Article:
Honolulu mayor pushes sprinkler bill in wake of deadly fire


HONOLULU (AP) Hundreds of older high-rise apartment buildings in Honolulu aren’t required to have sprinkler systems, but city officials are pushing for change in the wake of last week’s deadly 26th-floor blaze.

Honolulu Mayor Kirk Caldwell introduced a bill Monday that would require sprinklers in all high-rise buildings regardless of when they were constructed.

There are about 300 high-rises on Oahu that were built before a 1975 law made sprinkler systems mandatory in new structures, according to a survey conducted by the Honolulu Fire Department. The Marco Polo building that caught fire Friday was built in 1971.

“We know the Marco Polo fire would likely not have spread if the building had sprinklers,” Caldwell said in a statement. “We also know that many Oahu families struggle to pay for affordable housing, and we are working with the City Council to find ways to help homeowners pay for this lifesaving upgrade.”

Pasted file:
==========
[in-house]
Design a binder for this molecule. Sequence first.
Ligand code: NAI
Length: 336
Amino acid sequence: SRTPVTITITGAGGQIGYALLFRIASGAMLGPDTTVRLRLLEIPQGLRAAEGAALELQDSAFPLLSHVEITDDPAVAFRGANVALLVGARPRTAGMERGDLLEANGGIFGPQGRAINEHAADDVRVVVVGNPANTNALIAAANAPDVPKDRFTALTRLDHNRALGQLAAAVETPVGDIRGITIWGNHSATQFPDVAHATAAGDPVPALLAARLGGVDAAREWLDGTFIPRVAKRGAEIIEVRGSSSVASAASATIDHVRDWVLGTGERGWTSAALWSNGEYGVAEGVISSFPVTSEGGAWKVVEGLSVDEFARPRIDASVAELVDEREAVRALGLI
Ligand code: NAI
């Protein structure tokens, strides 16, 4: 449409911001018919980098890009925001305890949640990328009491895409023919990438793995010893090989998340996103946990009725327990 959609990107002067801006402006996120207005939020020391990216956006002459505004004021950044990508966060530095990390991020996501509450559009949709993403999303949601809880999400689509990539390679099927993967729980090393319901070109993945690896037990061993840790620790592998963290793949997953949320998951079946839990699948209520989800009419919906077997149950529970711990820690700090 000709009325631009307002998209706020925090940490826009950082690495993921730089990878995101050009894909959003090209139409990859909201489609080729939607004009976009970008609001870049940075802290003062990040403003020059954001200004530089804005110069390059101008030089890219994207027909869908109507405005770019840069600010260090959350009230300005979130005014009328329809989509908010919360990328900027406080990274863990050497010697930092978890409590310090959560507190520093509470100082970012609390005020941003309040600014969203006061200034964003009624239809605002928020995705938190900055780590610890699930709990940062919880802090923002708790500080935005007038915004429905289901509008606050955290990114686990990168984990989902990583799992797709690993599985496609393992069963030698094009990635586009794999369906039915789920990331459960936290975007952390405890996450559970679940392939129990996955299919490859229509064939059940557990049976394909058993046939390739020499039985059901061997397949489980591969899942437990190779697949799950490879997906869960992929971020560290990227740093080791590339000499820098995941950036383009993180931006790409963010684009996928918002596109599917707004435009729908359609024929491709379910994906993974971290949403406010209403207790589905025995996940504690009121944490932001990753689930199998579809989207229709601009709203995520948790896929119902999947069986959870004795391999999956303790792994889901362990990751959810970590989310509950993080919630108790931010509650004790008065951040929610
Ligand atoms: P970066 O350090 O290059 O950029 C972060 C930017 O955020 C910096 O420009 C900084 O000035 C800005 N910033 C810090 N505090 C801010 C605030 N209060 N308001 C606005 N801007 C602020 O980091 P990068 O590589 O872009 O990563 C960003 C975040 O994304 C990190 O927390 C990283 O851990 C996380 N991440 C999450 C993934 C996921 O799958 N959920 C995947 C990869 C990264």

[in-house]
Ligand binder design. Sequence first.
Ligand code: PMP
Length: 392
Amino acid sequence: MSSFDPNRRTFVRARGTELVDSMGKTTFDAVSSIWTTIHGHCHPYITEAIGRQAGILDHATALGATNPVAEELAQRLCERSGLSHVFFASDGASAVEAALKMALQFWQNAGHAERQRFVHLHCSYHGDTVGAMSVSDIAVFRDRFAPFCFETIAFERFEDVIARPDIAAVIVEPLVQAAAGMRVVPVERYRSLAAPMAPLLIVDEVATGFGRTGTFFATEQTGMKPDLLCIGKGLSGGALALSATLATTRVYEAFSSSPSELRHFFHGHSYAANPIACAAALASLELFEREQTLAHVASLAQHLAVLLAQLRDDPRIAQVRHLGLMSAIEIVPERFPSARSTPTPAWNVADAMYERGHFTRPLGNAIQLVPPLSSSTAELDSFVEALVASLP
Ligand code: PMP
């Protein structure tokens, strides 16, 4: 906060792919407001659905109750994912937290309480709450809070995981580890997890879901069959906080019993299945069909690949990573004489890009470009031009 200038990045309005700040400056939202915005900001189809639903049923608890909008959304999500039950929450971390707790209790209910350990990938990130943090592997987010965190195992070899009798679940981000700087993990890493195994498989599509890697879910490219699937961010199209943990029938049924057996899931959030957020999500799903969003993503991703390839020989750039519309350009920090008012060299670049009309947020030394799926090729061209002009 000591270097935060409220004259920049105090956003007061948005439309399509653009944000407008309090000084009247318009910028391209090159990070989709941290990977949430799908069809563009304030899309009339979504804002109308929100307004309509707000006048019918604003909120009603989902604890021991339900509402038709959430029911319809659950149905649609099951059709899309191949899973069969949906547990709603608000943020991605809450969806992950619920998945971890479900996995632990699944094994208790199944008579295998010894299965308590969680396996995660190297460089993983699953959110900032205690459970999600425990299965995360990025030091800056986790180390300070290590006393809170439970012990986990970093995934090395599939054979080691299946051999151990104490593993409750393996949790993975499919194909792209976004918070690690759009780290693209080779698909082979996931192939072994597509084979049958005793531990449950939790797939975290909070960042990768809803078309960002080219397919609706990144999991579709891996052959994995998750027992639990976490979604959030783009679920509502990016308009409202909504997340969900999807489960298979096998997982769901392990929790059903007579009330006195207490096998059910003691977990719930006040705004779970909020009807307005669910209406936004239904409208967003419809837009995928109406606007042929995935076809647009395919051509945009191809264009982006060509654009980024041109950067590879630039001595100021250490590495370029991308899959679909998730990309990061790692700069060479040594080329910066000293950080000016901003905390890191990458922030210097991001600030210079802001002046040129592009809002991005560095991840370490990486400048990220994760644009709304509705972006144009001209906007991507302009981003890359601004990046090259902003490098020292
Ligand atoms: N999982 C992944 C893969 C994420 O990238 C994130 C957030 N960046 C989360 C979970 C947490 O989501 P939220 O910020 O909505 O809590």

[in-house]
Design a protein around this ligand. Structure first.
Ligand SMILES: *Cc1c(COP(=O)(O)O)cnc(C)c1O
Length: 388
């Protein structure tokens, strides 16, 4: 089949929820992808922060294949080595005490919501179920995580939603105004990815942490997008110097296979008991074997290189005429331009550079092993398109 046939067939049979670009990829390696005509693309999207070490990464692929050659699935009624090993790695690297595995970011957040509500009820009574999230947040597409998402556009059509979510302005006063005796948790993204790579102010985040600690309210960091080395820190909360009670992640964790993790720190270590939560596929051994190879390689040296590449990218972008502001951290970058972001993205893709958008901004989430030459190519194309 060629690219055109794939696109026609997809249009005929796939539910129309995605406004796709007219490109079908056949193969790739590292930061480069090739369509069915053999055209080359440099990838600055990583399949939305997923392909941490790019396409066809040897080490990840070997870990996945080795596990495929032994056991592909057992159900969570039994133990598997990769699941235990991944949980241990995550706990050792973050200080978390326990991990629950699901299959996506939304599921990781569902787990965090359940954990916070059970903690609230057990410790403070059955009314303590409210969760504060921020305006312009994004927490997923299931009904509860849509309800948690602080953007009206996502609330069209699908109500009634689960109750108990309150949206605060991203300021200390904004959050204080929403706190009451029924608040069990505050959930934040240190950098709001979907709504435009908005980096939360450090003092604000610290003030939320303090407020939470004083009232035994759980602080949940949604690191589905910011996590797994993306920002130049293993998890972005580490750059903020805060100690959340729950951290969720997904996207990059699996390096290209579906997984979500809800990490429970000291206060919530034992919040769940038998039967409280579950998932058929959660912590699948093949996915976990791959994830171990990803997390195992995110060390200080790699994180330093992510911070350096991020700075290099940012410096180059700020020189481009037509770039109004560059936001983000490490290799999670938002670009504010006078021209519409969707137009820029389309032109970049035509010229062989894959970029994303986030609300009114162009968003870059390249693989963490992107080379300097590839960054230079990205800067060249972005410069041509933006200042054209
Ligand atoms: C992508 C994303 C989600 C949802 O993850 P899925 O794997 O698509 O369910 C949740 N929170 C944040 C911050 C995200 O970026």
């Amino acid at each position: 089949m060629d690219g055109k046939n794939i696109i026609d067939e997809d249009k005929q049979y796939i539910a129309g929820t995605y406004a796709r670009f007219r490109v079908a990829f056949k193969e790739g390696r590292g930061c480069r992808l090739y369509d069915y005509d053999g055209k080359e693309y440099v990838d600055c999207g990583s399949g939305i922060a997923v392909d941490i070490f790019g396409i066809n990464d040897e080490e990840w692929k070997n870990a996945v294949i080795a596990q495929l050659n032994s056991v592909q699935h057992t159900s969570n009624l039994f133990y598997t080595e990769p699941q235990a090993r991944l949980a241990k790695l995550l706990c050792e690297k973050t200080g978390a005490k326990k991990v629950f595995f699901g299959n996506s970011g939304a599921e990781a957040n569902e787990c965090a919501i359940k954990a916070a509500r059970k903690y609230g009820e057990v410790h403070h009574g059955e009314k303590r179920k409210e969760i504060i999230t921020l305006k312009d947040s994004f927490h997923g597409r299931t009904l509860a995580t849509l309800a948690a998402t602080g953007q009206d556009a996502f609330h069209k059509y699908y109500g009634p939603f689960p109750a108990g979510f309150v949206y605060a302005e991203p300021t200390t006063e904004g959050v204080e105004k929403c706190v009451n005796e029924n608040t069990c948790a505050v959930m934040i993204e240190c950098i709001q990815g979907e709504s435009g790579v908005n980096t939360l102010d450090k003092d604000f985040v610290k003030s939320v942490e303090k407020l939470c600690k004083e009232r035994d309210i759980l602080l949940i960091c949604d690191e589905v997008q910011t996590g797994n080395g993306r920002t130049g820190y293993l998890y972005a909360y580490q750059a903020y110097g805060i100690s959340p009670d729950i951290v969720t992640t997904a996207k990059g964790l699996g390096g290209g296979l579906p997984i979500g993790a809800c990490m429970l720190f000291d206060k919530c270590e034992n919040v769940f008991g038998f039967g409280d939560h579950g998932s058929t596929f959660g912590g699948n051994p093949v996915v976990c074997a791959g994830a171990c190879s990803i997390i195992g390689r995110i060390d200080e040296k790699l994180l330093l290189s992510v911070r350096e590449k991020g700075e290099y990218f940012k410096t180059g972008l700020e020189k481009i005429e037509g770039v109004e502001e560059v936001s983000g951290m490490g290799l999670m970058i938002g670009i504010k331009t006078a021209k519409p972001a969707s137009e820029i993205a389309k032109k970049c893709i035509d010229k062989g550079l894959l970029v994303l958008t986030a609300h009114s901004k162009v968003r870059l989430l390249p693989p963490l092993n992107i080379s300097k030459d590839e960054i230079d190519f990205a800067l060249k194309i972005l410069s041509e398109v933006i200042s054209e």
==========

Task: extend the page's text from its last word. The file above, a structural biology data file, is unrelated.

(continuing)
Caldwell’s bill would require all buildings taller than 75 feet to install sprinkler systems.

All high-rise hotels in Honolulu were required to install fire sprinkler systems in 1983, and the requirement was extended to commercial high-rise buildings in 2001. But efforts to require the systems on high-rise residential buildings on the city and state …read more

Source:: Deseret News – U.S. & World News

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